Whither Publishing In The Twenty Teens?

“It doesn’t matter how good or bad the product is, the fact is that people don’t read anymore,” he said. “Forty percent of the people in the U.S. read one book or less last year. The whole conception is flawed at the top because people don’t read anymore.” Steve Jobs in interview with David Pogue & John Markoff of the New York Times

Maybe it’s the slew of prediction posts and the ease with which one can now review them over at George’s blog, but whatever the cause, I have been thinking about publishing, what it is, why we do it and how it has changed and how it will change over the next decade or so. Mostly that is because I plan to stay in the industry and function as a publisher, but also because I’d like to have a sense of where we are headed so I can help authors and publishers adapt to the flow of change.

The Platform
If I was to put the question in context for people I would quote the following from Paul Saffo (who is, by any analysis, a genius):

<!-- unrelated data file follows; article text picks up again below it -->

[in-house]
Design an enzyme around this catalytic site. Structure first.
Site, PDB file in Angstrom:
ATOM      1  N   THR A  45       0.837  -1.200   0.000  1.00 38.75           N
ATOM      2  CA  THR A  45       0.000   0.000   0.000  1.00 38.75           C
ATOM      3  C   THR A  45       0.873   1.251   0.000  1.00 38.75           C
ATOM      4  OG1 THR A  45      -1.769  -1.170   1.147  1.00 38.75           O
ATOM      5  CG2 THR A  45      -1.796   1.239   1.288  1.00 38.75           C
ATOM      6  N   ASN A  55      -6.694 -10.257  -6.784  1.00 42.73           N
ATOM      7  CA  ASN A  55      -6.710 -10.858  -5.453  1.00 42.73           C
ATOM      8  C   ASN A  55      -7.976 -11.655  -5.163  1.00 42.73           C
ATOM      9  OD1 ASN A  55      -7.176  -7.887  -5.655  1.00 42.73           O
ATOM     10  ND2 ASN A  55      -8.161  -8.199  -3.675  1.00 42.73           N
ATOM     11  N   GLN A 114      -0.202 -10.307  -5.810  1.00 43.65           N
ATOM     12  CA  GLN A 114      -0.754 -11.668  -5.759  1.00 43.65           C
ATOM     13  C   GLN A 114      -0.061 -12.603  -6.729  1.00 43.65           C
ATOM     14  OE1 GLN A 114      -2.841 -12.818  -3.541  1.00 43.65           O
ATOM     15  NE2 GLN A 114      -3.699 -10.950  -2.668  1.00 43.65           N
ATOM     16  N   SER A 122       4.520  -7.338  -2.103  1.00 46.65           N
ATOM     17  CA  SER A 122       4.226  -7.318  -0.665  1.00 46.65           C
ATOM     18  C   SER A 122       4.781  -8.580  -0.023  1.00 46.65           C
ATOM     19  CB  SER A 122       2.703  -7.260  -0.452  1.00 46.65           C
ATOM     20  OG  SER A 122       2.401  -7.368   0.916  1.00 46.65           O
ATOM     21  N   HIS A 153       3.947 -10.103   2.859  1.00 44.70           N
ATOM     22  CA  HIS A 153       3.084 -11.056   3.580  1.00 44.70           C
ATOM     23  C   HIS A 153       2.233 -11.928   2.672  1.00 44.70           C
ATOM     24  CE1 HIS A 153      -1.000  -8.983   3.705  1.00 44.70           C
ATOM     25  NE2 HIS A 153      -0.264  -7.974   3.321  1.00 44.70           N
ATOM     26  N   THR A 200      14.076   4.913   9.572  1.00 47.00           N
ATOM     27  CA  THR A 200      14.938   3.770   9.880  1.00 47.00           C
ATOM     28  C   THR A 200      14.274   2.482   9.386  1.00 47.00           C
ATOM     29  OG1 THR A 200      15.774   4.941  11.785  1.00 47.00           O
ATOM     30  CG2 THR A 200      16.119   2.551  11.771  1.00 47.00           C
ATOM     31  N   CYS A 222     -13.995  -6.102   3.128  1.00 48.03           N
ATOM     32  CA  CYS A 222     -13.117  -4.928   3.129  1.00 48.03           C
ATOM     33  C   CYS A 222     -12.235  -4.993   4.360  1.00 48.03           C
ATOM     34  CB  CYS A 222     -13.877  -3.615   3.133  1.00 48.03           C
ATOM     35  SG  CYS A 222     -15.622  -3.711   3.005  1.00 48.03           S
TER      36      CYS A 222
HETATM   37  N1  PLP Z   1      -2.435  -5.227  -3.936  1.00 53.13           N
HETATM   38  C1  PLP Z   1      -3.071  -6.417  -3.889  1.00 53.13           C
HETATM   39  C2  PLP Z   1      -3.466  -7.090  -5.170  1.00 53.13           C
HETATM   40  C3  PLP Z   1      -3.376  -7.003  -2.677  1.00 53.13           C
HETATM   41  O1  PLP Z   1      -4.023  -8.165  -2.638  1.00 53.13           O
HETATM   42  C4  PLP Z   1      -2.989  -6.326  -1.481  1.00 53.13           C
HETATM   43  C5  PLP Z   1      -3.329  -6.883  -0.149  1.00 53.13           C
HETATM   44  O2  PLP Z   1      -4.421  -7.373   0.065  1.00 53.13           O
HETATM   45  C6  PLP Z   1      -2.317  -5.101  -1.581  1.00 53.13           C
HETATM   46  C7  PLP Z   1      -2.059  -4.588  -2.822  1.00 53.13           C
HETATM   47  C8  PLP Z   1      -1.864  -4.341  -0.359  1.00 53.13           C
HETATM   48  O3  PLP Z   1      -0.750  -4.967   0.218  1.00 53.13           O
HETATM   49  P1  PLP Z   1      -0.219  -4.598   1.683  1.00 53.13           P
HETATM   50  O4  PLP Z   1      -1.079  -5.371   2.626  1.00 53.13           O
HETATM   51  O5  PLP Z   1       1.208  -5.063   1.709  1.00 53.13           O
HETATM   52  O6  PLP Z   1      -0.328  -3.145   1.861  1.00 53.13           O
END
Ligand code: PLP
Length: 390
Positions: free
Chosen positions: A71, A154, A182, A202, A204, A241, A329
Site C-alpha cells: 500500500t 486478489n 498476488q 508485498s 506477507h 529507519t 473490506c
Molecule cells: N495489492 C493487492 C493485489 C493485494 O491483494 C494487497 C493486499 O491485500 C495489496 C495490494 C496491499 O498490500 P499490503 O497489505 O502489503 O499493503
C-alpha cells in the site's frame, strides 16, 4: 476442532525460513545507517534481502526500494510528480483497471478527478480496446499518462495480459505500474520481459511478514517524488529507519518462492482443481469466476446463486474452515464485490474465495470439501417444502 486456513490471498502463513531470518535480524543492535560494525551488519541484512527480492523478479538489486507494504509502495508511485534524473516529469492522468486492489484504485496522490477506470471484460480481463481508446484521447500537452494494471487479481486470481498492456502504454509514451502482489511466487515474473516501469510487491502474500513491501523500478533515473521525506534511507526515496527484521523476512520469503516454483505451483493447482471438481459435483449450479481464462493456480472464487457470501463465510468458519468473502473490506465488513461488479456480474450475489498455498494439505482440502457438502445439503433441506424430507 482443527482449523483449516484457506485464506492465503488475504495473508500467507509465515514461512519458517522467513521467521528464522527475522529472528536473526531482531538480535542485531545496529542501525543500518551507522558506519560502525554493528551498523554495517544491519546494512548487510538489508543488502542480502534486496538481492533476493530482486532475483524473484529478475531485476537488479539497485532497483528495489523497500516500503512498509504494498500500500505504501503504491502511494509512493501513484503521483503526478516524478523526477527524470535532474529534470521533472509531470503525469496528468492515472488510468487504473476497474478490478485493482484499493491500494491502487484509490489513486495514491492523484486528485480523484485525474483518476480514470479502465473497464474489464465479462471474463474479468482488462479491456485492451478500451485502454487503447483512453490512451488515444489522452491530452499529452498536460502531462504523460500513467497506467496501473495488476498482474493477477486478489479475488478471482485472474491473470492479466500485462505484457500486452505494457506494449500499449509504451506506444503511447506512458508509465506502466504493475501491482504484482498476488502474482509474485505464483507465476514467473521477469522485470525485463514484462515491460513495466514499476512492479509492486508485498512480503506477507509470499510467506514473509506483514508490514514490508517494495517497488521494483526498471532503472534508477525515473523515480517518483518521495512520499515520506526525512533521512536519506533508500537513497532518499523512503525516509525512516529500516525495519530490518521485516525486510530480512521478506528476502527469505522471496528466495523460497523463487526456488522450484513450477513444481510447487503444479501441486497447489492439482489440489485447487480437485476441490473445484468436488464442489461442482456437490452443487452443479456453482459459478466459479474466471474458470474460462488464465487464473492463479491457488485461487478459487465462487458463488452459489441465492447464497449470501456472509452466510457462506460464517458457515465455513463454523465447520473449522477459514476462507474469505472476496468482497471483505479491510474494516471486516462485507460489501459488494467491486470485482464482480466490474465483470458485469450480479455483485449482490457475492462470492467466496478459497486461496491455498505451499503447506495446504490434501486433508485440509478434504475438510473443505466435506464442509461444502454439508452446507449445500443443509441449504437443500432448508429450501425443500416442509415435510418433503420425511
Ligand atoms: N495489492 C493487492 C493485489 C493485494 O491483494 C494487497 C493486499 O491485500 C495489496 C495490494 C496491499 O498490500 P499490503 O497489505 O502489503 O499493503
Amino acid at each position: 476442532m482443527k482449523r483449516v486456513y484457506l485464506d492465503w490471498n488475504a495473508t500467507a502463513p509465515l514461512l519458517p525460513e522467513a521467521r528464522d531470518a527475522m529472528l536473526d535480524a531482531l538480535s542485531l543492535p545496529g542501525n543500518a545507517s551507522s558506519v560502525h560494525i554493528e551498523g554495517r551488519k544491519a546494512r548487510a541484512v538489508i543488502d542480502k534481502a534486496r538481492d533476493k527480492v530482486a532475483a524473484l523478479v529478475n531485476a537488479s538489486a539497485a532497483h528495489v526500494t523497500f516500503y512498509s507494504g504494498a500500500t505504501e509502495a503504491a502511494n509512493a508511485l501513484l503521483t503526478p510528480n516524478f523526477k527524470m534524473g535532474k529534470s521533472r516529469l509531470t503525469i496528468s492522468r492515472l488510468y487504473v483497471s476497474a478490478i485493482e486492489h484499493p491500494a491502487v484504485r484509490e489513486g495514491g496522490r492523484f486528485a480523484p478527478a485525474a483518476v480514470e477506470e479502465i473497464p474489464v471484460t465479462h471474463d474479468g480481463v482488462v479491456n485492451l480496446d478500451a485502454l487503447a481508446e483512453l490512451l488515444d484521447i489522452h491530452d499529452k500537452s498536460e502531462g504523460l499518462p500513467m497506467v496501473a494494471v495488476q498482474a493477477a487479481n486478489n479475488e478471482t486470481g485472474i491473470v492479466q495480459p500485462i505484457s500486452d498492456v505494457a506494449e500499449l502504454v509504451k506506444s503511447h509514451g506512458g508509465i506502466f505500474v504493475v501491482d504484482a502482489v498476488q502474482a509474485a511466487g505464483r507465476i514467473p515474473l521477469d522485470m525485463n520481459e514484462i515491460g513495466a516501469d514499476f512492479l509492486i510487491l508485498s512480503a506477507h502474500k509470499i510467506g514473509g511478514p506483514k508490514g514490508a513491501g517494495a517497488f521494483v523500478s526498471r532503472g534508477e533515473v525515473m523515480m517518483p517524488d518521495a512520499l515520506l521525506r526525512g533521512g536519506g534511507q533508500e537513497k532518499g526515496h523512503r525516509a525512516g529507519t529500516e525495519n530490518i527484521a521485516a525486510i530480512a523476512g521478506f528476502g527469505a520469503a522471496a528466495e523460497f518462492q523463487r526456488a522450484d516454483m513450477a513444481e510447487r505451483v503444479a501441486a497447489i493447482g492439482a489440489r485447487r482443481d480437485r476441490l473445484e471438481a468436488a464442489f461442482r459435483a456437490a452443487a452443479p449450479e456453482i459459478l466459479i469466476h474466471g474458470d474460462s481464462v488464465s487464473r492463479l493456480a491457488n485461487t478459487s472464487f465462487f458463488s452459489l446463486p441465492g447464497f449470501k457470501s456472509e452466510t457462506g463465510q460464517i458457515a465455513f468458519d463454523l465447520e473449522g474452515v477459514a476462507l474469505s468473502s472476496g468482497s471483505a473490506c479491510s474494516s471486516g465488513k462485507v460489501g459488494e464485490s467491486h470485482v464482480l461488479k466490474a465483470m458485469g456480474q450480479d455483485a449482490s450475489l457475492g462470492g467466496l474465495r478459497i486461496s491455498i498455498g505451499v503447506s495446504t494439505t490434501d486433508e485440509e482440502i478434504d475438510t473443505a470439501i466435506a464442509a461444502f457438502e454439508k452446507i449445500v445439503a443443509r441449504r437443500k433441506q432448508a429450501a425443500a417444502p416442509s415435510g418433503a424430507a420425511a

Rule: Change is never linear. Our expectations are linear, but new technologies come in “S” curves, so we routinely overestimate short-term change and underestimate long-term change. “Never mistake a clear view for a short distance.” From the Long Now Seminar: “Embracing Uncertainty: the secret to effective forecasting

Why do I quote that piece? Because people have become so used to the power of the internet and the world wide web that they tend to see it as an innovation whose impact has happened and is already understood. I think most people are wrong. The Internet IS the platform and we are still struggling to accommodate the long term implications of that.